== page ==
The Numbers

February 22, 2020

How many nights have I lain here like this, feverish with plans,
with fears, with the last sentence someone spoke, still trying to finish
a conversation already over? How many nights were wasted
in not sleeping, how many in sleep — I don’t know
how many hungers there are, how much radiance or salt, how many times
the world breaks apart, disintegrates to nothing and starts up again
in the course of an ordinary hour. I don’t know how God can bear
seeing everything at once: the falling bodies, the monuments and burnings,
the lovers pacing the floors of how many locked hearts. I want to close
my eyes and find a quiet field in fog, a few sheep moving toward a fence.
I want to count them, I want them to end. I don’t want to wonder
how many people are sitting in restaurants about to close down,
which of them will wander the sidewalks all night
while the pies revolve in the refrigerated dark. How many days
are left of my life, how much does it matter if I manage to say
one true thing about it — how often have I tried, how often
failed and fallen into depression? The field is wet, each grassblade
gleaming with its own particularity, even here, so that I can’t help
asking again, the white sky filling with footprints, bricks,
with mutterings over rosaries, with hands that pass over flames
before covering the eyes. I’m tired, I want to rest now.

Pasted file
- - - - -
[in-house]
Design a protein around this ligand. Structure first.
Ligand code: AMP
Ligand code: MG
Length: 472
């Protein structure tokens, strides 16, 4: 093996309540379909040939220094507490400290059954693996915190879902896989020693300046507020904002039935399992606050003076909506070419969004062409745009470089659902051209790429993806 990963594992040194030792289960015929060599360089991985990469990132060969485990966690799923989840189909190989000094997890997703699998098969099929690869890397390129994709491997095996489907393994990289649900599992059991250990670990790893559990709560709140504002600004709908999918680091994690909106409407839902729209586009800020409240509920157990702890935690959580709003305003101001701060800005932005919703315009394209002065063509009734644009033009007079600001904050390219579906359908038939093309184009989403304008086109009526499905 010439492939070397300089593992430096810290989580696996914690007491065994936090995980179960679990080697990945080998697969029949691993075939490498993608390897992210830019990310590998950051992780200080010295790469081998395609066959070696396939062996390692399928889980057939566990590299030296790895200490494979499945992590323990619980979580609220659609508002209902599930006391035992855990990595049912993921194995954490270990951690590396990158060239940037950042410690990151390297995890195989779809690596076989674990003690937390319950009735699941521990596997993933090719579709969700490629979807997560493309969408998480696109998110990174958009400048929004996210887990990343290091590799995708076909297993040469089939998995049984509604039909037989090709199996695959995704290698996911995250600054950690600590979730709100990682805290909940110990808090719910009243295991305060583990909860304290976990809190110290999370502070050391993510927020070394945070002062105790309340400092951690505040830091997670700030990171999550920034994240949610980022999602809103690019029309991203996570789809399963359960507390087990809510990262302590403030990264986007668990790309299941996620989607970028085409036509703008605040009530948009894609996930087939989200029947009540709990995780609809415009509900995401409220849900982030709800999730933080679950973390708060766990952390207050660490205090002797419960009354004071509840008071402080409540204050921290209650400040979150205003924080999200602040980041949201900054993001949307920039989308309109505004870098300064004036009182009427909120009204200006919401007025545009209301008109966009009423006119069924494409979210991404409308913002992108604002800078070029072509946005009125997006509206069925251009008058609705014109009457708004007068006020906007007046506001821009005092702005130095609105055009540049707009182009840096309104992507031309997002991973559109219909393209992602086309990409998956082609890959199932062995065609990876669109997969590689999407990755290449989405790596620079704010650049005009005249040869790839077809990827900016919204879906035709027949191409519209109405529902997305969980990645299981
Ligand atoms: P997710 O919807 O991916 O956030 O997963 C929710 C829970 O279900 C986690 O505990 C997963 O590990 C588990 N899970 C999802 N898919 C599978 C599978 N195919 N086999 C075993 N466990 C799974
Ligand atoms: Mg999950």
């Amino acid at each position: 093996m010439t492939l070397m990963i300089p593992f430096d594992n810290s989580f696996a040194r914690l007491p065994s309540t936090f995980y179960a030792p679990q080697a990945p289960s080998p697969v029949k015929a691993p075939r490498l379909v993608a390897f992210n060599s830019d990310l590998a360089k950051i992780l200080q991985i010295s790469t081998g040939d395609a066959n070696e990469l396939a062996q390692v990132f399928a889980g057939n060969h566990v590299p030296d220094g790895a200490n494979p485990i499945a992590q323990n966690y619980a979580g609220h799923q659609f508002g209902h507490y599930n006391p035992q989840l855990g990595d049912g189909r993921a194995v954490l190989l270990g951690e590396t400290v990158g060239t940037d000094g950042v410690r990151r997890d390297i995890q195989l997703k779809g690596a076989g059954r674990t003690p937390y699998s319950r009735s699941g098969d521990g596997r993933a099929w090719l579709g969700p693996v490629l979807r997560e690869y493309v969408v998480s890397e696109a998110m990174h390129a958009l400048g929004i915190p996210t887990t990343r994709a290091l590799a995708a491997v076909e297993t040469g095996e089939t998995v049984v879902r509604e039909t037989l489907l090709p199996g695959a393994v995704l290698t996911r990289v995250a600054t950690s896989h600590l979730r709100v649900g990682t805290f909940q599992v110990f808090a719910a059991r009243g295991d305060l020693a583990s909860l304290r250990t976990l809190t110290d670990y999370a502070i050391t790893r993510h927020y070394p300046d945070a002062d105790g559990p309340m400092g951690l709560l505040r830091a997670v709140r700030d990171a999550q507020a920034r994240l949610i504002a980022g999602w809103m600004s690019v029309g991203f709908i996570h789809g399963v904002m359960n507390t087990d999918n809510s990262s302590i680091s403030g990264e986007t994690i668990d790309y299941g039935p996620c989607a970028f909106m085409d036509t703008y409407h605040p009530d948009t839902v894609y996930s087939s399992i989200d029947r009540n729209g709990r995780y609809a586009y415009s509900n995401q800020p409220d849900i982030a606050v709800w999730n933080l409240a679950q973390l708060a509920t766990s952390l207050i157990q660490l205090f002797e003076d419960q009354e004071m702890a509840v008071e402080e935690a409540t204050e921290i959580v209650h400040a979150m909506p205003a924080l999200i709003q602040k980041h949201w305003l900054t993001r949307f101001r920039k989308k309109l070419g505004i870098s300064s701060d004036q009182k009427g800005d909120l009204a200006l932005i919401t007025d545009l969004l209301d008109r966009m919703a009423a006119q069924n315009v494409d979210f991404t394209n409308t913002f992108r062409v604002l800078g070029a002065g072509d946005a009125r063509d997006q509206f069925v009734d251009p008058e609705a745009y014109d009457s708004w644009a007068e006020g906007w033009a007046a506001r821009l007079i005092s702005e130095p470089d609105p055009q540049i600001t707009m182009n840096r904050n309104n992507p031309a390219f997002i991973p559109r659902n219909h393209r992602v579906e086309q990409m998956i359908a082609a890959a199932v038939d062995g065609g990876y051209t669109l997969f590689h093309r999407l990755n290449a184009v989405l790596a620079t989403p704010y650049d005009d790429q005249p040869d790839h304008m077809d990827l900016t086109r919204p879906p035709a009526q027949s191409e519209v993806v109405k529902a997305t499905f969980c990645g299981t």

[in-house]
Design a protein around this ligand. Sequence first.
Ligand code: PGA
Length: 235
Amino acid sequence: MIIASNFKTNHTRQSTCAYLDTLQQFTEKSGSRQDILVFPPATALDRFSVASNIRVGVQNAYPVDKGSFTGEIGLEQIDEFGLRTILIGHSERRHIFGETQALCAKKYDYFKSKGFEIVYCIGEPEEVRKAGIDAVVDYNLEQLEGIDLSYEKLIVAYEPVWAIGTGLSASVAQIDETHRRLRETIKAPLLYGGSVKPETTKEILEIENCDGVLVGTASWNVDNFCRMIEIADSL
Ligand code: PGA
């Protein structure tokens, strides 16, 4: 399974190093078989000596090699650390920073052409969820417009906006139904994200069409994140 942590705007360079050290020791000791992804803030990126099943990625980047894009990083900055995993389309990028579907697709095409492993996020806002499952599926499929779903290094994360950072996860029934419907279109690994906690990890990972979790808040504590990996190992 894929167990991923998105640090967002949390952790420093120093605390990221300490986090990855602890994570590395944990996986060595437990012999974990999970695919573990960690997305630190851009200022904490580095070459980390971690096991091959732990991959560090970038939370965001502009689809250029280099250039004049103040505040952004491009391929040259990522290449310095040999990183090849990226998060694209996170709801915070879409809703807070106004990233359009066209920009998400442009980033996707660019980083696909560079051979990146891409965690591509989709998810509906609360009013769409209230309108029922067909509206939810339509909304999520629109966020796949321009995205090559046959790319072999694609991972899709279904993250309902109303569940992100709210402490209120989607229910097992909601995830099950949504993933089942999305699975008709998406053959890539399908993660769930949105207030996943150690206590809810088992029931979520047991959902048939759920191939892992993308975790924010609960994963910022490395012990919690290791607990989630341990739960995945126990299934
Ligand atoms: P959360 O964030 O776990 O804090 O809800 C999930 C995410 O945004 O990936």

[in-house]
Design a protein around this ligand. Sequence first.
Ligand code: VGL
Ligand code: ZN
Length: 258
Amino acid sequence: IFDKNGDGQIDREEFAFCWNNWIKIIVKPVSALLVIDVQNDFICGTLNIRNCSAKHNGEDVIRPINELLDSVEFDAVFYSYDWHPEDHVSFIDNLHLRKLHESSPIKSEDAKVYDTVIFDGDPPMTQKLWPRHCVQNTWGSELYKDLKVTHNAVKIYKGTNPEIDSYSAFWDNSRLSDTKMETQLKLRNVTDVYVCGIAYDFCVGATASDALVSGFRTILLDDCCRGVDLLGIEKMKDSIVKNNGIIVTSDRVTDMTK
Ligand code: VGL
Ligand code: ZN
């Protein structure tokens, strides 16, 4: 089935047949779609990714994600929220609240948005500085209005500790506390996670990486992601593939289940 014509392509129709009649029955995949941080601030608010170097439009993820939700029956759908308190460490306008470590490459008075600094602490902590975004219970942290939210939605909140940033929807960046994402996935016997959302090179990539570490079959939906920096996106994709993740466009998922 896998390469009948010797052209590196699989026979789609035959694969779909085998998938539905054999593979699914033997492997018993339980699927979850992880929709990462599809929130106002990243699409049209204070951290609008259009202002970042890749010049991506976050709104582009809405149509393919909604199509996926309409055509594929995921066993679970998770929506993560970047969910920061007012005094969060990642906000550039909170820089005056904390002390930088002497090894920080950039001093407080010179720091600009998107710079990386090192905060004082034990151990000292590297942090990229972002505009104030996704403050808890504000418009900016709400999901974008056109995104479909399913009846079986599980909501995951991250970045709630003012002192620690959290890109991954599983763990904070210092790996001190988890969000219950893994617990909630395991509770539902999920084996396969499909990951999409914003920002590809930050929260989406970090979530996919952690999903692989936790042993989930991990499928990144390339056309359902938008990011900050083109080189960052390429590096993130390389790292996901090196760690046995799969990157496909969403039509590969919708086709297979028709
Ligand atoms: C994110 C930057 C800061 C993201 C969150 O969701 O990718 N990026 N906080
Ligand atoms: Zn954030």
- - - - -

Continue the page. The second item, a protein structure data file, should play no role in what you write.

I want to kiss the body of my lover, the one mouth, the simple name
without a shadow. Let me go. How many prayers
are there tonight, how many of us must stay awake and listen?

Kim Addonizio

Sometimes it’s easier to be a lesbian in real life than it is to read a book about them. Real life is full of distractions that can dull the sharpness of what’s going on. If you’re at a party or a bar, there’s alcohol (there’s a reason for the long history of gay bars). There are other people; there are the daily demands of living your life. And we human beings are really good at ignoring stuff that makes us uncomfortable.

Reading, I think, is one of the most intimate forms of communication there is — even more than film or TV. A book’s words are in your head. While you’re reading that book, you become that book. It makes total sense to me that if you didn’t grow up seeing people like you everywhere, reading about someone like you can be an overwhelming experience. You’ve been conditioned to not see yourself. Seeing yourself turns your world upside down, and while it can be exciting and affirming, it can also be deeply disorienting and scary.

Malinda Lo
The Invisible Lesbian in Young Adult Fiction

frustrated inner longings

February 22, 2020